Sweating – What is Sweat?

By Kelli Calabrese MS, CSCS, ACE

You’re puffing along on the treadmill at an even pace with the guy to the right and left. You are drenched in sweat. The guy on your right has a small stain on his shirt, and the guy on the left strides with barely a bead of sweat on his brow. No two people produce the same amount of sweat, even doing the same workload?

Some people can workout on their lunch break and go right back to their desks just as fresh as before, and others would be offensive unless they hit the shower. While you may not think of it this way, sweat is good for your body. How much we sweat is determined by a number of factors.


What is sweat? Sweating is the body’s most effective way of cooling itself. During exercise or when exposed to a hot environment, heat is released by the body and body temperature rises.

The rise in body temperature causes an increase in sweating and blood flow to the skin. As a result, heat is removed by the evaporation of sweat from the skin, radiated from the body to the cooler surroundings, and is lost by convection to moving air.

What causes sweat? The human body is approximately 55-65 percent fluid. We lose water from our body in one of four ways: perspiration, urination, respiration and leaky skin.

Respiration and leaky skin produce what is known as insensible water loss, which amounts to approximately 500 milliliters per day. However, adults need to replace anywhere from 2-10 liters of water each day, depending upon genetics, fitness level, exercise intensity, environmental conditions (temperature, humidity), clothing, hydration and age. Water lost to perspiration occurs during exercise (or sometimes in response to stress) or in hot, humid conditions.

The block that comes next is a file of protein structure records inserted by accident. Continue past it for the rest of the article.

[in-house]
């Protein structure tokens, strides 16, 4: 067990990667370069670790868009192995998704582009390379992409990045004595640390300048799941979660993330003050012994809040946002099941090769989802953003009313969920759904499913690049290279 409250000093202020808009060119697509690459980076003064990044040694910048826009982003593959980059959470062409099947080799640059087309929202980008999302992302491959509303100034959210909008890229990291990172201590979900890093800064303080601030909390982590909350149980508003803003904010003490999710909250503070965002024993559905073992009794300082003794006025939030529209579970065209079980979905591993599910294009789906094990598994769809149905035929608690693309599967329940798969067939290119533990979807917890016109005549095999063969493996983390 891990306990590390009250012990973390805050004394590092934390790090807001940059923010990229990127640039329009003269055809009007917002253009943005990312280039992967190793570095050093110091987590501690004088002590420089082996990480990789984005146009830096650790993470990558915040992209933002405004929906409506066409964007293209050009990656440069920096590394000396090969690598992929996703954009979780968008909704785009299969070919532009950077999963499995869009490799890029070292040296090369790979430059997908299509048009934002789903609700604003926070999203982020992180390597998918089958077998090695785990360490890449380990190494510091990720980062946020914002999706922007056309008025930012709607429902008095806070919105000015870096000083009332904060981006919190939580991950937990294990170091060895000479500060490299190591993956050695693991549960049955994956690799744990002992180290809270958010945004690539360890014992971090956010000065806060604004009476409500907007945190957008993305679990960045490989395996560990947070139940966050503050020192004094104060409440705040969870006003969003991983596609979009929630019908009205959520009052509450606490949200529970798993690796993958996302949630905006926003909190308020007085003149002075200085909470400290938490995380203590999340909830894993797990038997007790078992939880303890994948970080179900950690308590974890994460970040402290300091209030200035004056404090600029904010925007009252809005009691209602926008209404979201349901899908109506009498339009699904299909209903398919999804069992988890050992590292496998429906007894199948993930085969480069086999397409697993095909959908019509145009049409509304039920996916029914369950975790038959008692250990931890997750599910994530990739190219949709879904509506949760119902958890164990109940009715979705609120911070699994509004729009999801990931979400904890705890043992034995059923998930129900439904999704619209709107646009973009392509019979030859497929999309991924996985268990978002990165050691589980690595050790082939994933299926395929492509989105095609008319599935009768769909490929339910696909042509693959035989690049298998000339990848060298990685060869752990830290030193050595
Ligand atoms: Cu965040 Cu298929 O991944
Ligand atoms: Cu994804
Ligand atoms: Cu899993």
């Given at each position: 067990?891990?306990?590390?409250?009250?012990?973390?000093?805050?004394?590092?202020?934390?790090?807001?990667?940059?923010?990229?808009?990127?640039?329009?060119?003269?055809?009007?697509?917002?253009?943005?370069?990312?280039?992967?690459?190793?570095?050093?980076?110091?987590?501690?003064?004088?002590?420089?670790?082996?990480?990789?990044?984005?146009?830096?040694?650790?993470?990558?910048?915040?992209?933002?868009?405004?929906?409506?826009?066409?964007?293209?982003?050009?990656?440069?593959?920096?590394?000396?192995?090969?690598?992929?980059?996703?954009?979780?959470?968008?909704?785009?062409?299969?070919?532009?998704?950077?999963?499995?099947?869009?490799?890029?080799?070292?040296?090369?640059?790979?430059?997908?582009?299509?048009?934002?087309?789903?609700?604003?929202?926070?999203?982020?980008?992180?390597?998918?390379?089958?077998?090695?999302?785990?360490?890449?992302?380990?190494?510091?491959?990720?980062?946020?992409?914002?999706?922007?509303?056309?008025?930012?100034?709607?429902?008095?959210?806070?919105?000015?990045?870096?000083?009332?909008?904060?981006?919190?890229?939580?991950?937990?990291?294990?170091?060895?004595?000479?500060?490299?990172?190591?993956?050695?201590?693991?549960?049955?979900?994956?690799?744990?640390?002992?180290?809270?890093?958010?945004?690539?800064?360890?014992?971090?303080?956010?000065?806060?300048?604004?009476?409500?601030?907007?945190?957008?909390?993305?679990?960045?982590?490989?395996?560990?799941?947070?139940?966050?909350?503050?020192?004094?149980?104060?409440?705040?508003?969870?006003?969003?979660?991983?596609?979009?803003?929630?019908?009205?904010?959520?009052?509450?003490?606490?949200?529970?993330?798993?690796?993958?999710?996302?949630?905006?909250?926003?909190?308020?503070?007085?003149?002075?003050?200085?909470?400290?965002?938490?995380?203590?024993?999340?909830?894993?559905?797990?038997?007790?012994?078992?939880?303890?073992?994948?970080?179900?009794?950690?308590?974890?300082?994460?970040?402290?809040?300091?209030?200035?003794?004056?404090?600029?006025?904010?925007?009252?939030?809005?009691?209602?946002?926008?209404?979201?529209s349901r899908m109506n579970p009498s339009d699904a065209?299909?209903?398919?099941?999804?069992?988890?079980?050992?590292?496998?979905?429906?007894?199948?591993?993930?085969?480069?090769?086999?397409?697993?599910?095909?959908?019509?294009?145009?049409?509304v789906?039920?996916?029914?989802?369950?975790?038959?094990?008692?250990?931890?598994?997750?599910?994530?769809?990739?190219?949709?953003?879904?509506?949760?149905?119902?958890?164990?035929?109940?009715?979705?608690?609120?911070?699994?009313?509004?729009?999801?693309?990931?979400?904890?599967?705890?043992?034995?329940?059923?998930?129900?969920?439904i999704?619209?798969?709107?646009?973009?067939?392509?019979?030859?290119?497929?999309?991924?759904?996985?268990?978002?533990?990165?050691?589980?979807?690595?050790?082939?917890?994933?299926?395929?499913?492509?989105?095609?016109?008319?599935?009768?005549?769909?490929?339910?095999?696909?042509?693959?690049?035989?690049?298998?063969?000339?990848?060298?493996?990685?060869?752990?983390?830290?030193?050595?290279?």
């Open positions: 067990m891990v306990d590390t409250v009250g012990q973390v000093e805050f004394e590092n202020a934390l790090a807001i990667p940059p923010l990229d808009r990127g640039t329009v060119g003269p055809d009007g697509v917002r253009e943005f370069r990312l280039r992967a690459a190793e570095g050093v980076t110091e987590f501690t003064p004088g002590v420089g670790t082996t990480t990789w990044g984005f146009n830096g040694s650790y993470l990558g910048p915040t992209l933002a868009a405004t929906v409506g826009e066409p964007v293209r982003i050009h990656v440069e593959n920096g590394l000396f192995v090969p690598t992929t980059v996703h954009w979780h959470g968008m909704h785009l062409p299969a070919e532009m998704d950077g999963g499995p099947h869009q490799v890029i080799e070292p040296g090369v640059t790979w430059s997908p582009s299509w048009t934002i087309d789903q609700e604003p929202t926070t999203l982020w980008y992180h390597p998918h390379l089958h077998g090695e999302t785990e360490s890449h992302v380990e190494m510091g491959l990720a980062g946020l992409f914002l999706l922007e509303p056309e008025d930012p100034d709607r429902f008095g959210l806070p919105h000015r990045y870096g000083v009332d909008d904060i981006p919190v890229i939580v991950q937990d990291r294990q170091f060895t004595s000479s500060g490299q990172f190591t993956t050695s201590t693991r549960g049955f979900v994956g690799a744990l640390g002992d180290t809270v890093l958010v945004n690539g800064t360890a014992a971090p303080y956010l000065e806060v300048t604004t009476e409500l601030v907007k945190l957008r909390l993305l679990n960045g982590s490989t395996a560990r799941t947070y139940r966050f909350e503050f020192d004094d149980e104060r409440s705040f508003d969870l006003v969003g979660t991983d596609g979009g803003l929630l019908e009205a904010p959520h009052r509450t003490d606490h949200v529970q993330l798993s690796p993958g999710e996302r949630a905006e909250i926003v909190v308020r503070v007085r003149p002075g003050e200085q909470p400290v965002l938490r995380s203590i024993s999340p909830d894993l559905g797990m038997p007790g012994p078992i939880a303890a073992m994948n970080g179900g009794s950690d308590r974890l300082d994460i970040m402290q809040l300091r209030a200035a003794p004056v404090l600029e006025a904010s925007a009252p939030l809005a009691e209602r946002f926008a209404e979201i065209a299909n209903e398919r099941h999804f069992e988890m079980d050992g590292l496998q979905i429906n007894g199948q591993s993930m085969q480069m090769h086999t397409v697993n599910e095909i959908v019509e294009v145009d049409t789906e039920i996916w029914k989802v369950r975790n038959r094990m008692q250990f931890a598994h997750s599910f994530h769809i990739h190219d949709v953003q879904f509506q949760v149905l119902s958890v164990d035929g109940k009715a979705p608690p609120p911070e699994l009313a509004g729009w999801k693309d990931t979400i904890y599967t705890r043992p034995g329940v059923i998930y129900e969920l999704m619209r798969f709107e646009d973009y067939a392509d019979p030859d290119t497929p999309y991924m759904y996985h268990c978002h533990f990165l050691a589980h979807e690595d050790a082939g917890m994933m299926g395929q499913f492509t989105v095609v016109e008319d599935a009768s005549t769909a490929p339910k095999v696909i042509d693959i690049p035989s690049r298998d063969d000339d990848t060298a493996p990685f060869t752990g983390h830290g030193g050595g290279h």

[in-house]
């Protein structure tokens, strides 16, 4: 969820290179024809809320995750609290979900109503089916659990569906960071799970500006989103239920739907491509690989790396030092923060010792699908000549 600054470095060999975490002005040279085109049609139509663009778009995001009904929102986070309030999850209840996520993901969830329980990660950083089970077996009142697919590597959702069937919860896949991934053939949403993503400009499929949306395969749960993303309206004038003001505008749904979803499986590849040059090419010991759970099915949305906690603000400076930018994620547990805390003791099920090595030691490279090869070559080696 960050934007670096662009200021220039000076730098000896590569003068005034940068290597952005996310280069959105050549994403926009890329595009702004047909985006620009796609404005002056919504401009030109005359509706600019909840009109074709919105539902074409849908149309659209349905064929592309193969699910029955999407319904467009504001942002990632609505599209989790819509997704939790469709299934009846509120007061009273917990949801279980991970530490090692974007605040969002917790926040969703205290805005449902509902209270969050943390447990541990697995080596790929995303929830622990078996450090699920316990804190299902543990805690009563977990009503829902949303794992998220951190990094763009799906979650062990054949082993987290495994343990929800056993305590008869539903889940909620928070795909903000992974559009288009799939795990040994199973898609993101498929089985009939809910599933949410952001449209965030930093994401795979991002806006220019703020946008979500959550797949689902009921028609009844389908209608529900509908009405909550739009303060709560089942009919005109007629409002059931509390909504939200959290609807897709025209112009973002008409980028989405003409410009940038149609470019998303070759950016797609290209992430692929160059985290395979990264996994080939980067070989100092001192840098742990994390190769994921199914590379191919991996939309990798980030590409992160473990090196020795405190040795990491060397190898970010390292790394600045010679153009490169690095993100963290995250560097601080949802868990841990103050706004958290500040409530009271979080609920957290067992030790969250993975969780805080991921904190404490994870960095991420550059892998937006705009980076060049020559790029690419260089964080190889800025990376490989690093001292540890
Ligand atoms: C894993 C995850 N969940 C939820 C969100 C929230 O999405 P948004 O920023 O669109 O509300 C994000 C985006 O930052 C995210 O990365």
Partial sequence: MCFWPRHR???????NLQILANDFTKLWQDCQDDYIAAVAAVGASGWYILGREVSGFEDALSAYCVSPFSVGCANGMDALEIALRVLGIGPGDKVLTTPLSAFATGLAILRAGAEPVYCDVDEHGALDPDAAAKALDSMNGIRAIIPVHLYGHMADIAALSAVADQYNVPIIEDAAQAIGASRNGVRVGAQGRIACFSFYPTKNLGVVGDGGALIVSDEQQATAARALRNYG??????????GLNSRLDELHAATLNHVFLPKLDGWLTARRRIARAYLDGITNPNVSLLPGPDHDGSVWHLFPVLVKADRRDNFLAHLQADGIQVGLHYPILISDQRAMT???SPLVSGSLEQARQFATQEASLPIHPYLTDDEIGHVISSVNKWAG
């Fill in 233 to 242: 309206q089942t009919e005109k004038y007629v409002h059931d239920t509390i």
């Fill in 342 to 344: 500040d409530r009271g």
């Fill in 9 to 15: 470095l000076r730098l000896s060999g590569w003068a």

What determines how much an individual sweats? Why some people sweat more than others is determined by the number of sweat glands they possess. Humans are born with 2–4 million sweat glands. While even newborns sweat, the number of active sweat glands increases once you reach puberty.

The most concentrated area of sweat glands is on the bottom of the feet, while the least concentrated area of sweat glands is on the back. While women have more sweat glands than men, men’s sweat glands are actually more active, and hence, they tend to sweat more.

Other than genetics, fitness level appears to play the most active role in how much individuals sweat. Exercise intensity plays a role: The harder your body works, the higher the body temperature and the greater the sweat loss. However, as individuals increase their fitness levels, they become better sweaters. Fitter individuals sweat sooner and more. In addition, the body more easily adapts to exercise in warmer temperatures by sweating more.

Some studies have shown that elite athletes can raise their metabolisms and begin sweating in the time period prior to beginning exercise. Their bodies become so efficient that they begin warming up in preparation for exercise.